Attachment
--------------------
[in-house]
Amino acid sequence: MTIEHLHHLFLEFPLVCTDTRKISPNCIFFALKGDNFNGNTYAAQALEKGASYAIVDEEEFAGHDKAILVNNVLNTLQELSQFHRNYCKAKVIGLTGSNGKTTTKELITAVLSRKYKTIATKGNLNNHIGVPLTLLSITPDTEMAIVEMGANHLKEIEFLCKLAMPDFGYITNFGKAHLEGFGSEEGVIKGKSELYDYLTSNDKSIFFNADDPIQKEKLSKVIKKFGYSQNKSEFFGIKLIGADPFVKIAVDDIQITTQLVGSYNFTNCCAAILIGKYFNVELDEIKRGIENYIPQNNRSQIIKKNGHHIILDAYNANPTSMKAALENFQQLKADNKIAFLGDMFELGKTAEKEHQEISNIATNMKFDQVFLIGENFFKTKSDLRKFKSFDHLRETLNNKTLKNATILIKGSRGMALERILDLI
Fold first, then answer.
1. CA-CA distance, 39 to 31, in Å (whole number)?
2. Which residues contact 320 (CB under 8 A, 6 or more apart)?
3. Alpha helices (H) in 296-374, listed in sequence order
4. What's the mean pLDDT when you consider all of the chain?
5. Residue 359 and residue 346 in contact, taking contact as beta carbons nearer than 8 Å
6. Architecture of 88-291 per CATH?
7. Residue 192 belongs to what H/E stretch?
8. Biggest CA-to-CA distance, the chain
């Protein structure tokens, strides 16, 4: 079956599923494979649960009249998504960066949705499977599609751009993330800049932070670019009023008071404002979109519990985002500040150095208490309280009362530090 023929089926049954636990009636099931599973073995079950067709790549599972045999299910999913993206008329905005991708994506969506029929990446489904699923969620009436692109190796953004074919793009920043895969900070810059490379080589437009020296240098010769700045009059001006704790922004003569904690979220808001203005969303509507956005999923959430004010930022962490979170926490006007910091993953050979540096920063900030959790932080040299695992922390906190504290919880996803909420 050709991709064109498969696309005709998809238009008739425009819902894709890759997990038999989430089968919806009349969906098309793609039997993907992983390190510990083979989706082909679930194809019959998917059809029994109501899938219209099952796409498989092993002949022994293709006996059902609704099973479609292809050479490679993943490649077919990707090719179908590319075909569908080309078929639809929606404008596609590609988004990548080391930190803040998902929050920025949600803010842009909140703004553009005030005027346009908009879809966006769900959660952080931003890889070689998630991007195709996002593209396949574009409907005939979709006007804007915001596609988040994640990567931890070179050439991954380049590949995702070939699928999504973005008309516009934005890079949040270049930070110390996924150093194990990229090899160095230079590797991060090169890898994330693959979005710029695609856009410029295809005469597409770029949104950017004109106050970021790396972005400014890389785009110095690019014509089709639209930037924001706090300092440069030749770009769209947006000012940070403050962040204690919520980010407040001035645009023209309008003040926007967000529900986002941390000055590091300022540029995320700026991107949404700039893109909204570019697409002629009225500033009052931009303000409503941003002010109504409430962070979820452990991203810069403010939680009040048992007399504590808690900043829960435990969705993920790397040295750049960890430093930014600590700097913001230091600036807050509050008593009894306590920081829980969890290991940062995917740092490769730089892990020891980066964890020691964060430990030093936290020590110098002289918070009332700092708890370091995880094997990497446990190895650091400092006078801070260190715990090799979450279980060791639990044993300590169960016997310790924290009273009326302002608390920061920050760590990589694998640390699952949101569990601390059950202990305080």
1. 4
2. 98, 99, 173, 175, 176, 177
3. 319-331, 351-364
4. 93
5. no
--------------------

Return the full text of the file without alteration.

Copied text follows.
[in-house]
Amino acid sequence: MTIEHLHHLFLEFPLVCTDTRKISPNCIFFALKGDNFNGNTYAAQALEKGASYAIVDEEEFAGHDKAILVNNVLNTLQELSQFHRNYCKAKVIGLTGSNGKTTTKELITAVLSRKYKTIATKGNLNNHIGVPLTLLSITPDTEMAIVEMGANHLKEIEFLCKLAMPDFGYITNFGKAHLEGFGSEEGVIKGKSELYDYLTSNDKSIFFNADDPIQKEKLSKVIKKFGYSQNKSEFFGIKLIGADPFVKIAVDDIQITTQLVGSYNFTNCCAAILIGKYFNVELDEIKRGIENYIPQNNRSQIIKKNGHHIILDAYNANPTSMKAALENFQQLKADNKIAFLGDMFELGKTAEKEHQEISNIATNMKFDQVFLIGENFFKTKSDLRKFKSFDHLRETLNNKTLKNATILIKGSRGMALERILDLI
Fold first, then answer.
1. CA-CA distance, 39 to 31, in Å (whole number)?
2. Which residues contact 320 (CB under 8 A, 6 or more apart)?
3. Alpha helices (H) in 296-374, listed in sequence order
4. What's the mean pLDDT when you consider all of the chain?
5. Residue 359 and residue 346 in contact, taking contact as beta carbons nearer than 8 Å
6. Architecture of 88-291 per CATH?
7. Residue 192 belongs to what H/E stretch?
8. Biggest CA-to-CA distance, the chain
């Protein structure tokens, strides 16, 4: 079956599923494979649960009249998504960066949705499977599609751009993330800049932070670019009023008071404002979109519990985002500040150095208490309280009362530090 023929089926049954636990009636099931599973073995079950067709790549599972045999299910999913993206008329905005991708994506969506029929990446489904699923969620009436692109190796953004074919793009920043895969900070810059490379080589437009020296240098010769700045009059001006704790922004003569904690979220808001203005969303509507956005999923959430004010930022962490979170926490006007910091993953050979540096920063900030959790932080040299695992922390906190504290919880996803909420 050709991709064109498969696309005709998809238009008739425009819902894709890759997990038999989430089968919806009349969906098309793609039997993907992983390190510990083979989706082909679930194809019959998917059809029994109501899938219209099952796409498989092993002949022994293709006996059902609704099973479609292809050479490679993943490649077919990707090719179908590319075909569908080309078929639809929606404008596609590609988004990548080391930190803040998902929050920025949600803010842009909140703004553009005030005027346009908009879809966006769900959660952080931003890889070689998630991007195709996002593209396949574009409907005939979709006007804007915001596609988040994640990567931890070179050439991954380049590949995702070939699928999504973005008309516009934005890079949040270049930070110390996924150093194990990229090899160095230079590797991060090169890898994330693959979005710029695609856009410029295809005469597409770029949104950017004109106050970021790396972005400014890389785009110095690019014509089709639209930037924001706090300092440069030749770009769209947006000012940070403050962040204690919520980010407040001035645009023209309008003040926007967000529900986002941390000055590091300022540029995320700026991107949404700039893109909204570019697409002629009225500033009052931009303000409503941003002010109504409430962070979820452990991203810069403010939680009040048992007399504590808690900043829960435990969705993920790397040295750049960890430093930014600590700097913001230091600036807050509050008593009894306590920081829980969890290991940062995917740092490769730089892990020891980066964890020691964060430990030093936290020590110098002289918070009332700092708890370091995880094997990497446990190895650091400092006078801070260190715990090799979450279980060791639990044993300590169960016997310790924290009273009326302002608390920061920050760590990589694998640390699952949101569990601390059950202990305080």
1. 4
2. 98, 99, 173, 175, 176, 177
3. 319-331, 351-364
4. 93
5. no